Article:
pugilistic attitude

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The unsolved murder of the “Isdal Woman” has haunted Norway for almost 50 years. The story began on the brisk afternoon of the 29th of November, 1970. A man and his two young daughters were hiking along Isdalen Valley in Bergen, Norway. As they climbed across the rocks and underbrush, they spotted the body of a woman lying on the rocks in a pugilistic attitude, meaning she had been set alight. The body was burnt all over the front, including her face and hair. However, she was not burnt on the back. Due to the fire damage, she was unrecognisable.

Several objects were found at the scene: jewellery, a watch, sleeping tablets, bottles that smelt like petrol, a silver spoon, and a broken umbrella. Bizarrely, the jewellery was not on her person but scattered around her body. “It looked like there had been some kind of ceremony,” said forensic investigator, Tormod Bones. An autopsy concluded that the woman died from Fenenal and carbon-monoxide poisoning; she had ingested over 50 pills. Due to the smoke particles in her lungs, she had been alive when she was burning. Adding to the mystery of her identification, all of the production labels had been cut off her clothes and filed off the objects. Furthermore, her face and neck showed signs of bruising and her fingerprints had been sanded away. Somebody certainly didn’t want her being identified.

She was described as being 5 feet 4.5 inches tall with long brownish-black hair and brown eyes. She was estimated to be between 25 and 40 years old. Police shortly discovered two suitcases belonging to the woman at a nearby railway station. Inside the suitcases they discovered money, clothing, rubber boots, several wigs, a comb and hairbrush, silver spoons, glasses and a prescription for eczema cream. If investigators thought this was going to be the smoking gun in identifying the “Isdal Woman” then they would be sorely disappointed. Once again, any identifying features were removed. It was noted that one item of clothing that was found, a dress, was particularly provocative and had an Italian style.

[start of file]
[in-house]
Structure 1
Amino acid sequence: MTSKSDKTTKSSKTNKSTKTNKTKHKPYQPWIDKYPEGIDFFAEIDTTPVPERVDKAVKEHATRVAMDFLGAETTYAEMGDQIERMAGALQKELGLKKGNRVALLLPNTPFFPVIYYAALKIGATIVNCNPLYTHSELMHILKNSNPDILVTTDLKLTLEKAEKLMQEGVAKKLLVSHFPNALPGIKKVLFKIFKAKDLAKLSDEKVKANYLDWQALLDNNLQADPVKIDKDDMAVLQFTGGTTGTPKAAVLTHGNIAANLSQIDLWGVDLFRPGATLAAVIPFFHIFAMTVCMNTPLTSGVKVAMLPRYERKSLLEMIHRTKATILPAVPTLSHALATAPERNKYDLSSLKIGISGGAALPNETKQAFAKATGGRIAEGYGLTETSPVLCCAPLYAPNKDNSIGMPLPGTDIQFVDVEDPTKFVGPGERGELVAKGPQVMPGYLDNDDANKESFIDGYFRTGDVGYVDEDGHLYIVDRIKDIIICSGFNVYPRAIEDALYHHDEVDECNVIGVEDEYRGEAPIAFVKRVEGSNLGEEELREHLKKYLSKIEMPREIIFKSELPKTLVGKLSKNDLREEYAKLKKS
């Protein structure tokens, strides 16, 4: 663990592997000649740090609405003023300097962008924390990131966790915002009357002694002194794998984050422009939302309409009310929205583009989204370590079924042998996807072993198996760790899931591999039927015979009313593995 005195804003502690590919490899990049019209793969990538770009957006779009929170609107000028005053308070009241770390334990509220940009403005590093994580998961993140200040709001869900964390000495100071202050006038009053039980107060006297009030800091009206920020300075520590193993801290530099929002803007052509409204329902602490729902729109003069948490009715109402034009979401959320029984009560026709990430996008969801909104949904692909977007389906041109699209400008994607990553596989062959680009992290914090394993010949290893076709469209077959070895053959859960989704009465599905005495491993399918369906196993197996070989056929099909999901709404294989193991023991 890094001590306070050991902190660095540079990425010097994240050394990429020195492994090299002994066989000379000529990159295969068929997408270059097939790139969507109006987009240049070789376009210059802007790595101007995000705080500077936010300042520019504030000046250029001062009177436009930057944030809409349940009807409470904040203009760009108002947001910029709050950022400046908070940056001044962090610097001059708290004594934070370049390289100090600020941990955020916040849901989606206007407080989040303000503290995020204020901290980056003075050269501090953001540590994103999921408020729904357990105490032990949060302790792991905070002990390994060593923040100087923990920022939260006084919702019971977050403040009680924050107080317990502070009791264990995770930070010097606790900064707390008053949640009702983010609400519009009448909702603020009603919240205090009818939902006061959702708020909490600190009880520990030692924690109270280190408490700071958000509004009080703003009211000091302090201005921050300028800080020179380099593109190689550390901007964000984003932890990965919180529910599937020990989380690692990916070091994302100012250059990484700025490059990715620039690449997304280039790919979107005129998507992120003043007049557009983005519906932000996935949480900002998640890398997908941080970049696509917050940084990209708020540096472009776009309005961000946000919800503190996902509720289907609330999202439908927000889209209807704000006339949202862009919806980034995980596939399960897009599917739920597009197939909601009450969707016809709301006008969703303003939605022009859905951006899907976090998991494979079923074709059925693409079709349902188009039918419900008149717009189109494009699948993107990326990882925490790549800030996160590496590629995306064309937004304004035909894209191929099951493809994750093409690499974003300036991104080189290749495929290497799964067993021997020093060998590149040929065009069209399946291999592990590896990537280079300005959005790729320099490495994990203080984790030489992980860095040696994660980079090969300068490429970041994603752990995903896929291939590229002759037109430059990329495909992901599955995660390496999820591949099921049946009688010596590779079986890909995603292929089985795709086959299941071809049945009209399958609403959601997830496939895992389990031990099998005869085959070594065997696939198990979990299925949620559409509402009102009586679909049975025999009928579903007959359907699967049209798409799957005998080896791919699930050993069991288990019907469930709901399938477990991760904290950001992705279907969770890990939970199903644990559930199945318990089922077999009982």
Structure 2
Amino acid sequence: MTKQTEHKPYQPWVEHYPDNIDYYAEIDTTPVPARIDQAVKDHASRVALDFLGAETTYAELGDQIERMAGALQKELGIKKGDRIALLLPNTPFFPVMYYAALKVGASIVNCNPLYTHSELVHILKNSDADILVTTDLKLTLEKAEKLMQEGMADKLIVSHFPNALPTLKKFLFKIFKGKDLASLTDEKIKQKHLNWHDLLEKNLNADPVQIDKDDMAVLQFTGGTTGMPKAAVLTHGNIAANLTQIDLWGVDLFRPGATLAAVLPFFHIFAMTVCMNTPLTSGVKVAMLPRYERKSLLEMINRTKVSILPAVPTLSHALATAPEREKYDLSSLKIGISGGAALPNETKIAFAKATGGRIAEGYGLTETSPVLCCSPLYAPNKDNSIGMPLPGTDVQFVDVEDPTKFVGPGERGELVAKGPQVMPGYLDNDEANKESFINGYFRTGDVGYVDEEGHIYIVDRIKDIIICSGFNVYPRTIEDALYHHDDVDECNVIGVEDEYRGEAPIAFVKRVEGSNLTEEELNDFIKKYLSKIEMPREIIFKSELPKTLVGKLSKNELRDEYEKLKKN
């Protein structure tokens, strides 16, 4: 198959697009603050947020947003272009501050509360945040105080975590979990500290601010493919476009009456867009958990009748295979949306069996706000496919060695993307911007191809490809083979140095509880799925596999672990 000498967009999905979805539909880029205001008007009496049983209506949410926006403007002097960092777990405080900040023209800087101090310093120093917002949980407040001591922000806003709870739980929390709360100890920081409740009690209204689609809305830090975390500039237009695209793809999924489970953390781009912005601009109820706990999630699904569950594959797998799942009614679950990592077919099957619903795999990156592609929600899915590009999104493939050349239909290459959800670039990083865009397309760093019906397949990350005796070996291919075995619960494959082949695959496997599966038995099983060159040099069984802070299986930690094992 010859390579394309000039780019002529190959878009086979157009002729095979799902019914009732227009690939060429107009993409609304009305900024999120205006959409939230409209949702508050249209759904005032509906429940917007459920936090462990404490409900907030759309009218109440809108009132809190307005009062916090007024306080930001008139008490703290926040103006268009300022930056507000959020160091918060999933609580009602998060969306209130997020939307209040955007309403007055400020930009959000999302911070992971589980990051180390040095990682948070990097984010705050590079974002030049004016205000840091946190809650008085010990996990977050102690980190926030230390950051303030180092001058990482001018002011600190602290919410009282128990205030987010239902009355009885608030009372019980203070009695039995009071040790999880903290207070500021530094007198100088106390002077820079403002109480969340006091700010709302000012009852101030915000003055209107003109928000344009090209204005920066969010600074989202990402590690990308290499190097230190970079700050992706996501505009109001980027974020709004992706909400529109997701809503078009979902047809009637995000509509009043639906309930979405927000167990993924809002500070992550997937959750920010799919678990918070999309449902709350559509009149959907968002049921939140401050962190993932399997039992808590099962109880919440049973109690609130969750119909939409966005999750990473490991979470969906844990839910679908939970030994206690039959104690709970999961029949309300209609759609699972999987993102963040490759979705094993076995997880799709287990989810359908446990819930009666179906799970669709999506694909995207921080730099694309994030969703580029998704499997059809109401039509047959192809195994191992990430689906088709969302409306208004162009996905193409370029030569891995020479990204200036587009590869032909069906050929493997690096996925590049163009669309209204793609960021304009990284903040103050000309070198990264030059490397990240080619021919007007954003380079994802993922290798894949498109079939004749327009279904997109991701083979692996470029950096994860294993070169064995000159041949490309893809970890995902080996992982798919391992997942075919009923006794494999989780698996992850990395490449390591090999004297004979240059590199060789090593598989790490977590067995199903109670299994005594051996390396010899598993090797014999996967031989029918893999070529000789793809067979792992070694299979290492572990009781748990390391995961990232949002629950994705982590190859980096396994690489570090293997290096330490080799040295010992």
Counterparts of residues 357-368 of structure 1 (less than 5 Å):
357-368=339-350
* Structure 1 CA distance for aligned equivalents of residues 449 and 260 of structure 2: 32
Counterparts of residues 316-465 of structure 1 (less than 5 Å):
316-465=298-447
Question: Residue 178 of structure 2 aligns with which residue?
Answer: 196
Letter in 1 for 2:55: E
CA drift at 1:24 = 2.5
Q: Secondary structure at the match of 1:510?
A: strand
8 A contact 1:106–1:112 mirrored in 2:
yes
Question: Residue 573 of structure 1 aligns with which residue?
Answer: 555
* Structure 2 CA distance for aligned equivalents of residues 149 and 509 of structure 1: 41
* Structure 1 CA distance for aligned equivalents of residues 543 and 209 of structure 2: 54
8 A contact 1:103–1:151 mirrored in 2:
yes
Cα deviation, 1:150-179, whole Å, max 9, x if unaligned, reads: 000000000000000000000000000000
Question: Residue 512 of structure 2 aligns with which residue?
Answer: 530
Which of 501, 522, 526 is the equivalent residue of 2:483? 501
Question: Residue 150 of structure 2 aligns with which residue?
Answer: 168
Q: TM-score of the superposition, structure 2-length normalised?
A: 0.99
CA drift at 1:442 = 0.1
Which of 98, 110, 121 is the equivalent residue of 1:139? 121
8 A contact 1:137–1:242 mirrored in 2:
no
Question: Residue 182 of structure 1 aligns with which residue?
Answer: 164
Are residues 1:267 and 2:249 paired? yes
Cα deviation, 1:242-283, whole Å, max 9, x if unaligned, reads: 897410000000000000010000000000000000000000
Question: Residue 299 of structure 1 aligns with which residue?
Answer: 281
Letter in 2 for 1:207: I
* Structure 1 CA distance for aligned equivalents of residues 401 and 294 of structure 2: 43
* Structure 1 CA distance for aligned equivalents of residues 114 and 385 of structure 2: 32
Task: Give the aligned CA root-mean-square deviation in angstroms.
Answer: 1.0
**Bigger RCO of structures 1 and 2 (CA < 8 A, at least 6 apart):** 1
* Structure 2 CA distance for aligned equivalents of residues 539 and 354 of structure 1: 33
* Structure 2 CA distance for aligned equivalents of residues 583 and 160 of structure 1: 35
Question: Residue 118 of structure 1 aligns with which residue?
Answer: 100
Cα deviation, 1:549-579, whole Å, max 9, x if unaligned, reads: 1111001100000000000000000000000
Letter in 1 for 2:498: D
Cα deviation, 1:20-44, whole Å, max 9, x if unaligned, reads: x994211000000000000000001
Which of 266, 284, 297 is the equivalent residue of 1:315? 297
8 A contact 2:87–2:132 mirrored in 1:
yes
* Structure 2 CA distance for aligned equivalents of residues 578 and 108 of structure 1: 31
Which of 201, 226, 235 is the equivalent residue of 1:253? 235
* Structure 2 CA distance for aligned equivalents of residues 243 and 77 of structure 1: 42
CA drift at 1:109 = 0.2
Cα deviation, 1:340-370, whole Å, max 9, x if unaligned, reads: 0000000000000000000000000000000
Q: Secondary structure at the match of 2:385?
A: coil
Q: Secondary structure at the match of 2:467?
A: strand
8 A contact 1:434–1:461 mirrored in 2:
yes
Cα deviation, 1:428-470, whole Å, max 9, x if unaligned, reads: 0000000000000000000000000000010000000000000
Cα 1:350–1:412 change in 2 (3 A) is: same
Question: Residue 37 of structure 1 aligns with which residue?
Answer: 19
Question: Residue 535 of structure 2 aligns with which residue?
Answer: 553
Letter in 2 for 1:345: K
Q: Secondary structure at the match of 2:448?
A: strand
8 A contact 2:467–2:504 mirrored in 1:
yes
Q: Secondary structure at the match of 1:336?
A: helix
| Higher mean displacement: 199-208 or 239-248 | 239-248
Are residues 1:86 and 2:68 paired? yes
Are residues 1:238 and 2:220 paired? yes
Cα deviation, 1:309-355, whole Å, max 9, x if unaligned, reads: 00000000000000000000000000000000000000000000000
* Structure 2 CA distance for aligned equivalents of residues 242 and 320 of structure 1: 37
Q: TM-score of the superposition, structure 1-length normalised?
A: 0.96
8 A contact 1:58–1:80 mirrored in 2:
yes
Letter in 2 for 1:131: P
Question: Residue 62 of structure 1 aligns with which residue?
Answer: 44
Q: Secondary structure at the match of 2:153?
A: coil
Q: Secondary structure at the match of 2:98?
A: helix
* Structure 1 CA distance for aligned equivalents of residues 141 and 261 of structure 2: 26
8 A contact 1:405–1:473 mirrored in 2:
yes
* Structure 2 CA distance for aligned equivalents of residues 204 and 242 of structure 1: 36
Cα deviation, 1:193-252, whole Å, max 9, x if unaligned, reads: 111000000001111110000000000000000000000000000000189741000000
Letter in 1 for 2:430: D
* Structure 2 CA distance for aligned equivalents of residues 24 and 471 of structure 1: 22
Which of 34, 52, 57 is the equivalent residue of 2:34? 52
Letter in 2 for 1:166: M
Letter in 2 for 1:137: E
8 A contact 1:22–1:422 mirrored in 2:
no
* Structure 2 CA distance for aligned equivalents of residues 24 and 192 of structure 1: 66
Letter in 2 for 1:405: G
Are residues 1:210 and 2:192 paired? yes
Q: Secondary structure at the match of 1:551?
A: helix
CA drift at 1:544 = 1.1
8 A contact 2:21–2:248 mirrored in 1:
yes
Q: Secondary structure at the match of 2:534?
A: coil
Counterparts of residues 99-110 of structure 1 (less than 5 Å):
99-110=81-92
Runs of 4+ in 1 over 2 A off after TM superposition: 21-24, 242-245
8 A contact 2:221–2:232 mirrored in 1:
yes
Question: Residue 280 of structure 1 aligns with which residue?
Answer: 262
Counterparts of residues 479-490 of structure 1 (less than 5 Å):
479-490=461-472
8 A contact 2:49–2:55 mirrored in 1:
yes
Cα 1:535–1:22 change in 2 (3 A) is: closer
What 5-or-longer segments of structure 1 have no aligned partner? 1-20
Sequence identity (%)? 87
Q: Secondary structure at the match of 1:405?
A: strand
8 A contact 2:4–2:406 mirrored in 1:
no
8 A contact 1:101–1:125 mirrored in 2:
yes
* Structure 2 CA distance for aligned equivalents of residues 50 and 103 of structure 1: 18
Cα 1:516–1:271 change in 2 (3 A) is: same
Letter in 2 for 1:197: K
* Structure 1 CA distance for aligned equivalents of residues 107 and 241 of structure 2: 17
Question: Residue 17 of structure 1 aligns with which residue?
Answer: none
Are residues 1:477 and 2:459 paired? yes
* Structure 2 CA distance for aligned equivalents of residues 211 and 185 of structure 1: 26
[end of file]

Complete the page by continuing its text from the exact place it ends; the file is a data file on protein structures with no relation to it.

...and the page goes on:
Several witnesses who claim to have met her came forward. They told how she wore wigs and could speak a plethora of different languages. She stayed in several hotels and used fake names. Even more bizarre, if she stayed in a hotel more than one night, she would always request to change room. It was assumed that she must have had numerous fake passports as they were needed to check in to the hotels. As this was during the Cold War, many people theorised that she was a spy. Investigators eventually concluded that she had committed suicide however many experts disagree. From the remote spot to where her body was found and the method of suicide, it seems quite unlikely. Her identity still remains unknown, as does the reason she was murdered or ended her life.